What this “Robin” caller managed to link together, was this epidemic of medication of manly boys who think in a manly way, and liberalism. The thread that connects these two bodies of thought together, meanders through what I was noticing half a year ago during my bike ride through Silicon Valley: Everywhere you look, systems. Systems with kiosks in them. Systems, with kiosks, that do the things individuals are usually expected to do. The individual, therefore, is this empty shell who approaches the system, self-assimilates, and then relies on the system and all of the systemic resources, as an alternative to “packing” supplies, tools and knowledge. The “user” then tumbles on through, waiting for the next kiosk to dispense drinking water, sunscreen, doggy poop bags, lip balm, hand sanitizer or whatever. And of course if trouble comes along, he dials 911 and hopes for the best.
Liberalism is despair. It is a message that you can’t do anything for yourself. You need to take the medication you’re told to take, so you can do your homework.
I’m glad to see my “reference manual” about the difference between liberals and conservatives, inspiring additional comments. Like Nightfly’s:
It would probably be more precise to say that conservatives love individuals and liberals love groups. This is a problem, because only one of those loves works in both directions: a conservative can love a group made up of individuals, but a liberal can’t love an individual in the same fashion. To be individual is to be distinct in some way, and inasmuch as you are distinct, you differ from the beloved group. That’s why all such movements keep growing more and more monomaniacal, purging members to keep themselves ever pure.
It also explains the phenomenon noted before at Morgan’s place, that movements of the left inevitably flow only one way, more leftward into extremism. You start by losing diversity of opinion about the topic at hand, continue by losing diversity of topic, and by the time you start to shed diversity of personality, hobbies, and outside interests, the brakes have snapped and you’re barreling down the mountainside in a runaway rail cart.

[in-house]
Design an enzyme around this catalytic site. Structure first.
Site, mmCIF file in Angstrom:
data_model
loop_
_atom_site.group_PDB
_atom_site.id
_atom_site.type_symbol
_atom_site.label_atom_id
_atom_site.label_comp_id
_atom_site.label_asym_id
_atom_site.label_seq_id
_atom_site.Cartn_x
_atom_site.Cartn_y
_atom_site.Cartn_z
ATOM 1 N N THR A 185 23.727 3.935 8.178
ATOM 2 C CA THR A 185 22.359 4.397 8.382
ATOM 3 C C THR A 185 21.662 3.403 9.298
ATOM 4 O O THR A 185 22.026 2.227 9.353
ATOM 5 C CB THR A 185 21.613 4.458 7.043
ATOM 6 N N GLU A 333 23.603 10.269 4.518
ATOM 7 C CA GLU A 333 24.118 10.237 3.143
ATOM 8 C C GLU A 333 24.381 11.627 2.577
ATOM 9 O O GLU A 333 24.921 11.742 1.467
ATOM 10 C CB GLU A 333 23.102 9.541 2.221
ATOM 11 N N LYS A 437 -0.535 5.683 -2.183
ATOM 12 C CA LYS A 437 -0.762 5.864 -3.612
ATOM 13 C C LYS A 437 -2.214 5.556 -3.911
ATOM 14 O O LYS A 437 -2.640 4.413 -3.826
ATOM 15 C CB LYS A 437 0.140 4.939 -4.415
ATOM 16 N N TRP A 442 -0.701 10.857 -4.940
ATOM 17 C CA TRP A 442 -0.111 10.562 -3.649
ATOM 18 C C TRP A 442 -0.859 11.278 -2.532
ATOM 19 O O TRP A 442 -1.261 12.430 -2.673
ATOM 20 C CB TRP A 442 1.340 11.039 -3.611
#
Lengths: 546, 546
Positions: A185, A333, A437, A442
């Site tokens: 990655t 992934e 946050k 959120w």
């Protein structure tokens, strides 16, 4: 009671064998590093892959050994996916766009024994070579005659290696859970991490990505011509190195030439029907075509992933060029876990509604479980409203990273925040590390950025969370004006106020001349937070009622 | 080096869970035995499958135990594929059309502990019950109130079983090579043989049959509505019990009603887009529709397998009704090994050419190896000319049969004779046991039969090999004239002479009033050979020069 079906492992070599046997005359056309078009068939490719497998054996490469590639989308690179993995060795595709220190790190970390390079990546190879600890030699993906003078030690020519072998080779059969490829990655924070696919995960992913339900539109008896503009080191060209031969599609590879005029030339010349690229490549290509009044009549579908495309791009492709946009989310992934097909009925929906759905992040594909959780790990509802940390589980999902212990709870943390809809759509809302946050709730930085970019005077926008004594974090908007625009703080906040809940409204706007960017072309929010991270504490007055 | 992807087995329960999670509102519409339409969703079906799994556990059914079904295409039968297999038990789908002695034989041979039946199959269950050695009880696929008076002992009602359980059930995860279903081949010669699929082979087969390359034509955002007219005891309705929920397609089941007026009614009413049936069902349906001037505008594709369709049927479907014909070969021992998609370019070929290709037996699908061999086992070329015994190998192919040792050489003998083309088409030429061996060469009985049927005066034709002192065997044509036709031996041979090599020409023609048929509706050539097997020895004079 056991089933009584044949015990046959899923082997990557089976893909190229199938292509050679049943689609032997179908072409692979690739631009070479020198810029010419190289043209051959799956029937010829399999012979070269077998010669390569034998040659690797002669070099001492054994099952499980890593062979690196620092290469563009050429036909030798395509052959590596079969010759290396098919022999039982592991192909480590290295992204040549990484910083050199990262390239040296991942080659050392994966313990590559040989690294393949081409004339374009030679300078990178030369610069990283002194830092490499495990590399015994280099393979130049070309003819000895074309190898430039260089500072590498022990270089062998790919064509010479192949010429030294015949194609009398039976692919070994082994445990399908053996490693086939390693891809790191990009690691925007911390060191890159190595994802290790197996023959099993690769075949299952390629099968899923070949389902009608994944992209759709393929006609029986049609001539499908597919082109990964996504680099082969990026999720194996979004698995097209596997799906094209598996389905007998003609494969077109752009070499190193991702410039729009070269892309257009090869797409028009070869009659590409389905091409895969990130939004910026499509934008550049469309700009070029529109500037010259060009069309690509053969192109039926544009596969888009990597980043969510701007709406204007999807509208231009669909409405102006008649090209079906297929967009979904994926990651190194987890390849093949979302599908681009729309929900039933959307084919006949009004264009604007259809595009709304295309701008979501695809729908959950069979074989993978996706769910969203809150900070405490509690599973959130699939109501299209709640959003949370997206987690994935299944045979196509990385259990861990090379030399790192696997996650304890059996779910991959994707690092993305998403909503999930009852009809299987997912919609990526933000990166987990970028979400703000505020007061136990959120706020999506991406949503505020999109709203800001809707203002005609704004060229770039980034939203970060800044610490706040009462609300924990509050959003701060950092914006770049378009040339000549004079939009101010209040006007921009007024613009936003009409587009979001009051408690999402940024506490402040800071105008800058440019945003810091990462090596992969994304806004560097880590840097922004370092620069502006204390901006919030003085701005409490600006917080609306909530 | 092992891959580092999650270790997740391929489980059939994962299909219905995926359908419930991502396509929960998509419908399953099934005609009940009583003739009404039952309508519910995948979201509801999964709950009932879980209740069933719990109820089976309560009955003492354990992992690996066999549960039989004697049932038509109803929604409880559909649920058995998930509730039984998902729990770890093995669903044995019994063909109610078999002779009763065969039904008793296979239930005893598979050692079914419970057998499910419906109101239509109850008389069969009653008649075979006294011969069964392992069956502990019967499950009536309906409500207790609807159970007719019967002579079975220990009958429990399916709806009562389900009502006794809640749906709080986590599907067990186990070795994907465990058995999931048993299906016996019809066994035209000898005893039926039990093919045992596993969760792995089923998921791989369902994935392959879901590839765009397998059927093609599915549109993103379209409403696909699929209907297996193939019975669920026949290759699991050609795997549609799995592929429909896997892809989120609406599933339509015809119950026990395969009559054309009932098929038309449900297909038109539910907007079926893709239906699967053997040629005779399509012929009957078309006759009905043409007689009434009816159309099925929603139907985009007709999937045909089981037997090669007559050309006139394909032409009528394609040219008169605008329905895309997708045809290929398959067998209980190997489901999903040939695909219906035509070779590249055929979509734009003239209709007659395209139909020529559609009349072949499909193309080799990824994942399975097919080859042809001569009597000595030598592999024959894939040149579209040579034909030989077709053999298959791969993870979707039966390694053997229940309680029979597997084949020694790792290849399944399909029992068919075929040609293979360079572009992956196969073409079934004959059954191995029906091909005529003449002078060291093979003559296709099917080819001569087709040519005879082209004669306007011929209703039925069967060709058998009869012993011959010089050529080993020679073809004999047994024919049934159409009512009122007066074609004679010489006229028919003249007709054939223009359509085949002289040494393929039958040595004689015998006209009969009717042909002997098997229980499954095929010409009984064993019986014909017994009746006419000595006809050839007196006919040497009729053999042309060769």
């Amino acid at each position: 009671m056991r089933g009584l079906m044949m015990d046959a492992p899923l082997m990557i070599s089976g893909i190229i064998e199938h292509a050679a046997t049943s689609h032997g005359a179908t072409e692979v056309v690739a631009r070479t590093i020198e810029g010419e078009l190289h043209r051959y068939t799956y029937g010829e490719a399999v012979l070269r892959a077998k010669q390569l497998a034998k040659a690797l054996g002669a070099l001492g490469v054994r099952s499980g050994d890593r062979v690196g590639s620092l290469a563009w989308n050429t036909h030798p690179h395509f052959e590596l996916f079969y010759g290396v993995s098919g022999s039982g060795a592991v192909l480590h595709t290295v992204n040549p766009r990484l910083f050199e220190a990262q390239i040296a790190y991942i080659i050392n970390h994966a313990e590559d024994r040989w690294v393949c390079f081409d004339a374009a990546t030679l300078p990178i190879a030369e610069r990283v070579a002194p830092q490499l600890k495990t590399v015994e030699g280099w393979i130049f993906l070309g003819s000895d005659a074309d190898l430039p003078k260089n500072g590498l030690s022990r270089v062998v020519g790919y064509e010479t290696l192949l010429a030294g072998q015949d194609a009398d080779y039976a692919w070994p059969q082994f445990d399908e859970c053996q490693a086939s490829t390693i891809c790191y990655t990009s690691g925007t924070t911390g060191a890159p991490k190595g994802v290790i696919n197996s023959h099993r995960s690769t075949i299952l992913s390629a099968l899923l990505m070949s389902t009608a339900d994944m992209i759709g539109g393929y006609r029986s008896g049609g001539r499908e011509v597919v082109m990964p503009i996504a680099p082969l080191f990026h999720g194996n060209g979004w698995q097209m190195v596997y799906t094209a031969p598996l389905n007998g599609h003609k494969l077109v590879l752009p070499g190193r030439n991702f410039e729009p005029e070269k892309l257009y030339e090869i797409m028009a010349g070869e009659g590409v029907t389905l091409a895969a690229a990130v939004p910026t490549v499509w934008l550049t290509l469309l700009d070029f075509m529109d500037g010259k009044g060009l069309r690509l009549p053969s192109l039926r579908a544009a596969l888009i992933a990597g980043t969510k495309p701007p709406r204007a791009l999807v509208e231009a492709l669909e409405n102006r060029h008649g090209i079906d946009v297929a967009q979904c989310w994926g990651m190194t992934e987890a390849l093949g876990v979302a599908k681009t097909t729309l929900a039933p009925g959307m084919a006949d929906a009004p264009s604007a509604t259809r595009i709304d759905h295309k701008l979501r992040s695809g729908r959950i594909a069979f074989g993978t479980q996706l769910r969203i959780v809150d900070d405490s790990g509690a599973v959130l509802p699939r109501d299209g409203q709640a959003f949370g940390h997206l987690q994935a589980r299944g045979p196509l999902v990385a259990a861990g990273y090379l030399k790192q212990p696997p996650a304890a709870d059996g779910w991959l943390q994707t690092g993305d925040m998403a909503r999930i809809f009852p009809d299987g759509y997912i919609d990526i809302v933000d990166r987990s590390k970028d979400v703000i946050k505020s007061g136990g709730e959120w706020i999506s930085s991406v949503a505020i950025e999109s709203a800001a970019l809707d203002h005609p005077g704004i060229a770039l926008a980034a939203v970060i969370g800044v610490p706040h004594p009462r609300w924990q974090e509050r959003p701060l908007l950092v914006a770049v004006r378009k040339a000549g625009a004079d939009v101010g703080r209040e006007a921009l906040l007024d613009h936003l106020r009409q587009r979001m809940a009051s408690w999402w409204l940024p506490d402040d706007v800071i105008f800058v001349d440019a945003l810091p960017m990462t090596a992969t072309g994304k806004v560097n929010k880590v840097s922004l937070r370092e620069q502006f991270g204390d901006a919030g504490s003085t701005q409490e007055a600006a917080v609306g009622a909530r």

Right. Helpless people want everyone else to be helpless. And it could be said that conservatives aspire to be what people tend to think an iPhone is — a cool, smart gadget loaded up with software applications and all kinds of wonderful capabilities — whereas liberals aspire to be what the gadget really is, which is merely a token engaging the network, which is the real product being sold. The network has the capabilities, and all that money paid for the fancy phone is actually a subscription to the services that maintain the network. The smartphone actually does very little. In fact maybe, for that analogy to work, I should say the conservatives aspire to be the Leatherman. Liberals are more like a GPS receiver.
The trouble with minimizing the expectations made against the individual is, by its very nature, it minimizes the individual’s responsibilities; and when you minimize the individual’s responsibilities, you minimize the individual’s sense of responsibility. This encourages the “Occupy” mindset. It works like this: The system is supposed to sell me a light rail ticket, or the system is supposed to give me lip balm, or the system is supposed to give me a doggy poop bag. What if, one day, it doesn’t? When that happens, you have the situation most guaranteed in all of the human condition, to create discord and strife: A need, unmet, with no immediately-recognizable vision for getting it fulfilled, along with a consciousness that lacks the experience required for forming and realizing challenging visions.
That consciousness, then, is boxed into a corner. There is no next-step for it to take, other than throwing some sort of temper-tantrum. It must strike, it must protest, it must vandalize, it must obstruct someone else, because the resources for achieving the goal are all externalized. It has to seek out someone more capable who might be able to solve the problem, and torment that other person, who will then be frustrated into making the delivery. Whether that works or whether it does not — chaos ensues. Individual capability is conducive to order, individual weakness is conducive to chaos. So when you climb in your car and turn the ignition key and nothing happens, you do something constructive to solve the problem. But a ticket dispensing machine at the light rail station that doesn’t dispense tickets, is soon vandalized. Because boy oh boy, that’ll really show “them.”
This medication fad…like liberalism itself, the link to which Robin managed to point out…is a fucking time bomb. They should both be treated as such. It is unconscionable what we are doing to the next generation. And inexcusable.